CHAZY HISTORIAN’S OFFICE – Ellen Riley, the Chazy Historian, has these photographs of one-room schools hanging in her office. The office if filled with a treasure trove of information and photographs from bygone days. If you’d like to visit the office, you can contact her at 518-846-7544 x 6 or [email protected]. Her hours are Tuesdays and Wednesdays from 9 to 12.
Chazy has an over 200 year history of education in the Town. The following article gives some of its early history.
From the History of Clinton and Franklin Counties – Hurd – p. 288
SCHOOLS AND SCHOOL-TEACHERS.
Chazy from its earliest history was always noted for its excellent schools. The teachers were generally either graduates or students of some of the Eastern colleges. Among the number were Alexander H. Prescott, who taught school somewhere about the year 1812, previous to his taking up his residence in Plattsburgh as a teacher in the old academy; Amasa C. Moore, late of Pittsburgh; Jed. Sawyer, eldest brother of Miss Minerva Sawyer, of Plattsburgh; Charles C. Severance, of Burlington College; Hon. Bela Edgerton, brother of Mrs. Capt. Septa Fillmore; and others.
On April 17,1813, the town was divided into six school districts, by Elisha Morgan, Nathan Carver, and John Horton, commissioners. A seventh district was added a few days later.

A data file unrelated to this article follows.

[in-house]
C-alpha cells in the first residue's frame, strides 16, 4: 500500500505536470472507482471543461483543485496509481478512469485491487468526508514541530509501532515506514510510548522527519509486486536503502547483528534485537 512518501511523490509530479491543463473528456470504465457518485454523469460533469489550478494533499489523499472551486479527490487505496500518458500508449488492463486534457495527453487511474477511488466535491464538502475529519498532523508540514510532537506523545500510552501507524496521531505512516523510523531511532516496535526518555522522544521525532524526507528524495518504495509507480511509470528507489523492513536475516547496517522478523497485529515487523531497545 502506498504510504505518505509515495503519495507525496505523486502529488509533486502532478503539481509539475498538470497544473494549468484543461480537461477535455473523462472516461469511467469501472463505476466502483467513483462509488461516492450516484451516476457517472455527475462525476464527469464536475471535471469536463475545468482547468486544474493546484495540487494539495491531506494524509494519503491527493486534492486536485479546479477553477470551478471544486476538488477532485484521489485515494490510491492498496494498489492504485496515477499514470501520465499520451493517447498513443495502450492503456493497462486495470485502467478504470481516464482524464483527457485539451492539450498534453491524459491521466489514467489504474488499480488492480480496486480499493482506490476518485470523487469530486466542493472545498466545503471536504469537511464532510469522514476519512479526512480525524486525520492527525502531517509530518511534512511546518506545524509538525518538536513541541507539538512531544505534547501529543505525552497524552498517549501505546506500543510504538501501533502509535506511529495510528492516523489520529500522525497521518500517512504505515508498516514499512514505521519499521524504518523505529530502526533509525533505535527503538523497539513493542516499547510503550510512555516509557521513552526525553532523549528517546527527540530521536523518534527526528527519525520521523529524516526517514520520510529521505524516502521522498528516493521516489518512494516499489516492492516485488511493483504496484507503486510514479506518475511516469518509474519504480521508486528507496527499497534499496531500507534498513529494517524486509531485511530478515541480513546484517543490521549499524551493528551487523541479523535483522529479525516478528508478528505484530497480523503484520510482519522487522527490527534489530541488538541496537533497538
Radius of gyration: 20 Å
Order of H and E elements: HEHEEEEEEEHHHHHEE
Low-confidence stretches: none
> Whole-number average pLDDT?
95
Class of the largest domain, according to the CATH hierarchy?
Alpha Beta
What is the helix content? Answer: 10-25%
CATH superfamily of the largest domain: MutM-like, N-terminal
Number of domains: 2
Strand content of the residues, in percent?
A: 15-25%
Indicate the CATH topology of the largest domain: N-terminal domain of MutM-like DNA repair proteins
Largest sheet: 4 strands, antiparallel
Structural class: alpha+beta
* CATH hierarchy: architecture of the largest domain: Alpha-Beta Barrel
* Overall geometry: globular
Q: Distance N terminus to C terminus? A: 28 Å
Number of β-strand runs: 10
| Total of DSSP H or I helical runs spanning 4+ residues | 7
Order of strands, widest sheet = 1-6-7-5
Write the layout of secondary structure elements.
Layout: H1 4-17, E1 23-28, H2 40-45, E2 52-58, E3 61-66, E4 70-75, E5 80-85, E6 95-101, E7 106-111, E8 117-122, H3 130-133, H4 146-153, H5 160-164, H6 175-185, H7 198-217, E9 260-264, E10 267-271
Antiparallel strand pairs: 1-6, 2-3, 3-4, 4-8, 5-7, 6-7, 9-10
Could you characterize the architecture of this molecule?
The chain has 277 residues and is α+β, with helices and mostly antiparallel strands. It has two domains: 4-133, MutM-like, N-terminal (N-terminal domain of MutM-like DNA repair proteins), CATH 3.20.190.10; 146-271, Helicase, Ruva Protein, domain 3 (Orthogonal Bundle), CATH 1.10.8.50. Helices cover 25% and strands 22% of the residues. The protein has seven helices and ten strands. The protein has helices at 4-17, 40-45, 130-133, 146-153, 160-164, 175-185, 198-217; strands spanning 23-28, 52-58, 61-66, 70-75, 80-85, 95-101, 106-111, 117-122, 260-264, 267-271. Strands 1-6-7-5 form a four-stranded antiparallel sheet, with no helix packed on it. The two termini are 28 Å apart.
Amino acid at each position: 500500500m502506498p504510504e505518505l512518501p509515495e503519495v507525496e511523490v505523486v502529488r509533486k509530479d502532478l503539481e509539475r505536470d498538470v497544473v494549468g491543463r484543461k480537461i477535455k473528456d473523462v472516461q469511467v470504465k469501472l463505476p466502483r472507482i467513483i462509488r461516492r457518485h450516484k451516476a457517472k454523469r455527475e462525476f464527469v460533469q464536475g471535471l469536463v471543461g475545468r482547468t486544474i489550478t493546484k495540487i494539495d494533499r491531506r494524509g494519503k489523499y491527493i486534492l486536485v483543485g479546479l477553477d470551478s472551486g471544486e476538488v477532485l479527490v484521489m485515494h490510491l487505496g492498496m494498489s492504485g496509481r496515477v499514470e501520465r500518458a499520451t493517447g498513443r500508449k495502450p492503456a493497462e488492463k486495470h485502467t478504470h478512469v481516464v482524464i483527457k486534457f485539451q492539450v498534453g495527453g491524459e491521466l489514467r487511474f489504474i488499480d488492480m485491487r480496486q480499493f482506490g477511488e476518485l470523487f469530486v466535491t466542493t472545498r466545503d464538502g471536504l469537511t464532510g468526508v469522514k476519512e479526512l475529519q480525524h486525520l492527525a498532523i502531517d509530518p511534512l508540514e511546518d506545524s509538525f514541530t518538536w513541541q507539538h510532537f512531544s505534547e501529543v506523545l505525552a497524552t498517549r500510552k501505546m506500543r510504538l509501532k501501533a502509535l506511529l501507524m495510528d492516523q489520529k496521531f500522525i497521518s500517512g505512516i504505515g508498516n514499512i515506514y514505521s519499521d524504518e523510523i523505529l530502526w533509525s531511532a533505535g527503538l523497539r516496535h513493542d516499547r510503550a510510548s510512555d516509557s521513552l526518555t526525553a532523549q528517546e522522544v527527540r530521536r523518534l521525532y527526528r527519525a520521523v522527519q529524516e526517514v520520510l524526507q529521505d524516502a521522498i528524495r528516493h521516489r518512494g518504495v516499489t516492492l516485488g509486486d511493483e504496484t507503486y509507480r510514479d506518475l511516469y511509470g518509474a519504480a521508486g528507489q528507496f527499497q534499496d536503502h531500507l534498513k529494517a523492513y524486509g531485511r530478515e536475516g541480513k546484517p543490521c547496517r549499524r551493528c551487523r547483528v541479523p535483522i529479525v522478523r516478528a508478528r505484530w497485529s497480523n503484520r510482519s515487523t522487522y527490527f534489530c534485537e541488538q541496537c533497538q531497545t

The commissioners' certificate of apportionment, recorded April 4, 1879, shows that there are 17 districts in the town, and the number of children in attendance between five and thirteen years of age is 1,104, with an average daily attendance of 400.567.
1834 – Alexander H. Prescott – was an Inspector of Common Schools for Clinton County while a teacher at Plattsburgh Academy.
1825 - Amasa C. Moore – gave up teaching and became a lawyer to set up his practice in Plattsburgh
1848 - Jed. Sawyer – Gave up teaching and moved to Illinois to work in the lumber business
1840 - Minerva Sawyer – Became the principal of the Young Ladies School in Plattsburgh
1850 - Charles C. Severance – Became an attorney and moved to western New York
1850 - Bela Edgerton – Became an attorney and moved to Fort Wayne, IN